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Earth: An Intimate History
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Earth: An Intimate History

3.82 of 5 stars 3.82  ·  rating details  ·  530 ratings  ·  49 reviews
In Earth, the acclaimed author of Trilobite! and Life takes us on a grand tour of the earth’s physical past, showing how the history of plate tectonics is etched in the landscape around us.

Beginning with Mt. Vesuvius, whose eruption in Roman times helped spark the science of geology, and ending in a lab in the West of England where mathematical models and lab experiments r
ebook, 448 pages
Published November 4th 2009 by Vintage (first published 2004)
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Is it possible for a book to be utterly fascinating and yet, at the same time, a perfect cure for insomnia? I never would have thought so, until I read this one.

That does sound horribly contradictory, and yet it is true. Reading this book, I found myself drawn in by the power of Fortey's words and this obvious enthusiasm for the subject. He's a paleontologist by trade, but his era of expertise goes so far back that it's practically geology anyway. And geology is what this book is all about.

As with Fortey's other books, I really enjoyed this -- and that seems more important with this one since it's about geology, which is not something that's ever been a particular interest of mine. Fortey has a discursive, conversational style, while still getting in a lot of information and technical language. And in all of his books, it's a sort of travelogue, too, which is quite interesting.

It's hardly a completely exhaustive history of Earth, but it takes exemplars from various geographies and
About a month ago, I was looking through the courses I had to choose from as an Environmental Science major, making up a short list for class sign-up in September. The options were evenly divided between Biology and Geology classes, and I was leaning heavily toward the former; geology seemed quite drab. Having picked up Earth at a used book store near the end of July, under the impression or at least with the hopes that it would be a more general, chronological overview of the formation of the E ...more
THE EARTH: An Intimate History. (this ed. 2011; orig. ed. 2004). Richard Fortey. ***.
This is a publication from The Folio Society, a reprint of the original 2004 edition. The author’s sole purpose was to travel the world picking examples of various geological formations that illustrated the effects of tectonic plate theory. I’m not sure who the author’s audience was intended to be, but it would have had to be a science-educated reader who had some prior knowedge of geology. Most of the material
Cassandra Kay Silva
Fortey's love of geology really comes through in this work. It was both fascinating and insightful. The pictures were great, the timeline was not linear so it really kept a good pacing. It kind of meandered around topics and points of interest on the earths crust similar to how your mind would analyze a problem. A wonderful edition truly.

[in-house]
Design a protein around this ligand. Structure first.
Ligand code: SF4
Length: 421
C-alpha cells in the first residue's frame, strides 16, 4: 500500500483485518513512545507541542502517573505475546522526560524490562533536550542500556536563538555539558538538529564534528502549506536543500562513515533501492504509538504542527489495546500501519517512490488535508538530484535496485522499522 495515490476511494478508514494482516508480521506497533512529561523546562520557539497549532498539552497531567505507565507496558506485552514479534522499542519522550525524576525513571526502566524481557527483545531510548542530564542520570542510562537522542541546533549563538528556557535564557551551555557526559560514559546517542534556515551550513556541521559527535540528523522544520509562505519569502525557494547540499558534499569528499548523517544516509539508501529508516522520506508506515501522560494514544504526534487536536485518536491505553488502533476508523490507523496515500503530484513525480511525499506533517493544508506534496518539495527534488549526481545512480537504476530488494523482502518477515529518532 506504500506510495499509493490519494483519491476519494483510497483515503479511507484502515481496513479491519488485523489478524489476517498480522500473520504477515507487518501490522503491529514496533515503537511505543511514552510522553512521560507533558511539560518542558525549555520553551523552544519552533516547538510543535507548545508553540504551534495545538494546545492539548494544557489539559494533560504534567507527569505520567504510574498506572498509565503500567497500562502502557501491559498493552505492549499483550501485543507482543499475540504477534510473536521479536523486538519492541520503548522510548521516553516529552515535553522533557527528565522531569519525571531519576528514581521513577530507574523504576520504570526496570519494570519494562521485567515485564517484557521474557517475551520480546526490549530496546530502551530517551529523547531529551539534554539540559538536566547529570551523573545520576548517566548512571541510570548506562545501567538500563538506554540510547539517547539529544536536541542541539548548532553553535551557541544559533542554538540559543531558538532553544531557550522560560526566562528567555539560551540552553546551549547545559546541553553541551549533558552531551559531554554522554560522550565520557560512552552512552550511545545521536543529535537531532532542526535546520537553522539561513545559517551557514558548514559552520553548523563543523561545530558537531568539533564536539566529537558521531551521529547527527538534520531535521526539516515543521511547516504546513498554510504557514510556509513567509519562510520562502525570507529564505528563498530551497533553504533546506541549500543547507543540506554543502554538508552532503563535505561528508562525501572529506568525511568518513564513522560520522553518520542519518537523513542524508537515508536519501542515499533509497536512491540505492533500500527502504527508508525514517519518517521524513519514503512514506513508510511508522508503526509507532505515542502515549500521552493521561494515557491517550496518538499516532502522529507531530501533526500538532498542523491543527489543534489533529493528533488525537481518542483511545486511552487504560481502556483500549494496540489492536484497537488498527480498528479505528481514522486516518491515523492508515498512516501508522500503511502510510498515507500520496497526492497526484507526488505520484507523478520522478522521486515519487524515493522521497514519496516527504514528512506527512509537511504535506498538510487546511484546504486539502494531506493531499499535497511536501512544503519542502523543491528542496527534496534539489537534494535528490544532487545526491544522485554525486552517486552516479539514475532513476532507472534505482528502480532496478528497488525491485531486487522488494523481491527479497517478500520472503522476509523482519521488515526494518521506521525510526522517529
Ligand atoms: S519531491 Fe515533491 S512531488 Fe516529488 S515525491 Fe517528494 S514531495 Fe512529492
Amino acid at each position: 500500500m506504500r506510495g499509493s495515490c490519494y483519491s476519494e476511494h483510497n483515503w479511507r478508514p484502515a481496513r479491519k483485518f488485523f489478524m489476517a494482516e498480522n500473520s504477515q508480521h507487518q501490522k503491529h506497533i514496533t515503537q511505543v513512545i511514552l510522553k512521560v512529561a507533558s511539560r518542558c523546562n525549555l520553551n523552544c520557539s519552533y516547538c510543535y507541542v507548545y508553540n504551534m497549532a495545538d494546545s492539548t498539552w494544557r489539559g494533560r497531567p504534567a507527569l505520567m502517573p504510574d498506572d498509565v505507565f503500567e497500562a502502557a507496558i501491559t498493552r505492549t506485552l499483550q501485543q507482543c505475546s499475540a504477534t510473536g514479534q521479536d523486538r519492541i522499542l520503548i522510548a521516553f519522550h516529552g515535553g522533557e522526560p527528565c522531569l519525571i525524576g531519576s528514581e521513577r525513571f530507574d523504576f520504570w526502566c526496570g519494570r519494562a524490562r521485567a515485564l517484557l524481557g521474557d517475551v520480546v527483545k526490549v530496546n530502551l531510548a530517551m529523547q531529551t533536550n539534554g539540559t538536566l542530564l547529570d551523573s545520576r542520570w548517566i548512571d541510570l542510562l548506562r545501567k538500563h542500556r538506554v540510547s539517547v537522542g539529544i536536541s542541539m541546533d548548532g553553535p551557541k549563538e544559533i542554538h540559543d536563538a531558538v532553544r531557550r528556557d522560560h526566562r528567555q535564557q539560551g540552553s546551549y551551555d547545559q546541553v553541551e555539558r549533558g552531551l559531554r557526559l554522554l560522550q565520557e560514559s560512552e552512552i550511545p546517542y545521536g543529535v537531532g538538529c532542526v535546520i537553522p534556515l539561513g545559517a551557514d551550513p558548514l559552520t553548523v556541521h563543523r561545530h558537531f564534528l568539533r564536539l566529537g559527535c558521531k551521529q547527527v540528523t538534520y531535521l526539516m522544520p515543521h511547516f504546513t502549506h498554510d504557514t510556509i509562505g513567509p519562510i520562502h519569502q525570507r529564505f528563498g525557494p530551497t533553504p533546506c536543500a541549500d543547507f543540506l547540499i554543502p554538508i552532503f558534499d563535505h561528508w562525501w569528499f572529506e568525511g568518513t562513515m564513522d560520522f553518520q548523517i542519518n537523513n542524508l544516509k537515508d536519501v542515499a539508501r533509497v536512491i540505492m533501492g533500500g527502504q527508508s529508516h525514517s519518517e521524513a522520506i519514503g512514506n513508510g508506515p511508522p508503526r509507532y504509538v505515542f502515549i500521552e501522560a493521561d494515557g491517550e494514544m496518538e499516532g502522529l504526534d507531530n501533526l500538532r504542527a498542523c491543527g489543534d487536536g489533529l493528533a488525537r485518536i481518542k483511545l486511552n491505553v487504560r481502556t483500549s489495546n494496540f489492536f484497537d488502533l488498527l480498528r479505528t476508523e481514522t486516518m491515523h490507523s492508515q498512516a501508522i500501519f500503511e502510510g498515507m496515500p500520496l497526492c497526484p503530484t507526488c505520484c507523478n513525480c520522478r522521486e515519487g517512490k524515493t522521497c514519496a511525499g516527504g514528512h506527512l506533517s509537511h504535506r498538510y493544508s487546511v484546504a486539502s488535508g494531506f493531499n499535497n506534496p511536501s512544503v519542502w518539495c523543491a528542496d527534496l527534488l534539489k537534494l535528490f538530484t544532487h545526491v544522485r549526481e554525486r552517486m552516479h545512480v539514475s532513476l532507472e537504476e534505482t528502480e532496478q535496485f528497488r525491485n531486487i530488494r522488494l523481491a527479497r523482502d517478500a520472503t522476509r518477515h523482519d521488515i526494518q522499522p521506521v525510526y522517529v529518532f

Mar 09, 2011 Kirsten rated it 3 of 5 stars  ·  review of another edition
Recommends it for: People who want an understanding of basic geologic principles
I really liked the subject material in this book, and I liked the fact he used a lot of easy to understand examples, but I think he talked a little too long about some of them. I would have loved this book if it had been about 1/4-1/3 shorter. I'm not sure if this is because I have a strong background in geology and didn't need to have such an in depth example to understand or what, but parts of the book were seriously difficult to slog through.

That being said, when he was on top of his game, th
I am not very fond of geology, but the beautiful poetic style of Richard Fortey's prose makes this book a joy to read. For example, he writes,
"The cycles of the earth--the generation and destruction of plates--probably happened andante cantabile rather than largo."
Fortey interleaves poetry among his prose, and thereby shows his overwhelming enthusiasm for geology--though I could have done with a bit less of the poetry. He shows his enthusiasms in other ways, too, by announcing where his personal
A fascinating introduction to geology. Geology books didn't attract me as potential for a great read until I read an early review of this one. A vast area of knowledge which was vague to me turns out to be endlessly fascinating. Highly recommended, as are Professor Fortey's other books: especially fond of the trilobite he is.
Gregor Samsa
This book is beautiful. The Earth deserves this book. It is more than geography and geology (which are more than sufficient), but it is these too; it is a love story about our planet.
Fortey's a great writer, and this book is on a pretty interesting topic (at least, to me). However, I have the same problem with Earth as I had with Trilobite!: Fortey is aiming slightly higher than the average person with an interest in science. In Trilobite! it was a problem, but not as large, and the topic was interesting enough to keep me involved. In Earth, however, the gneisses and cherts and granites and melanges came a little too thick and fast, and I found myself skimming the details an ...more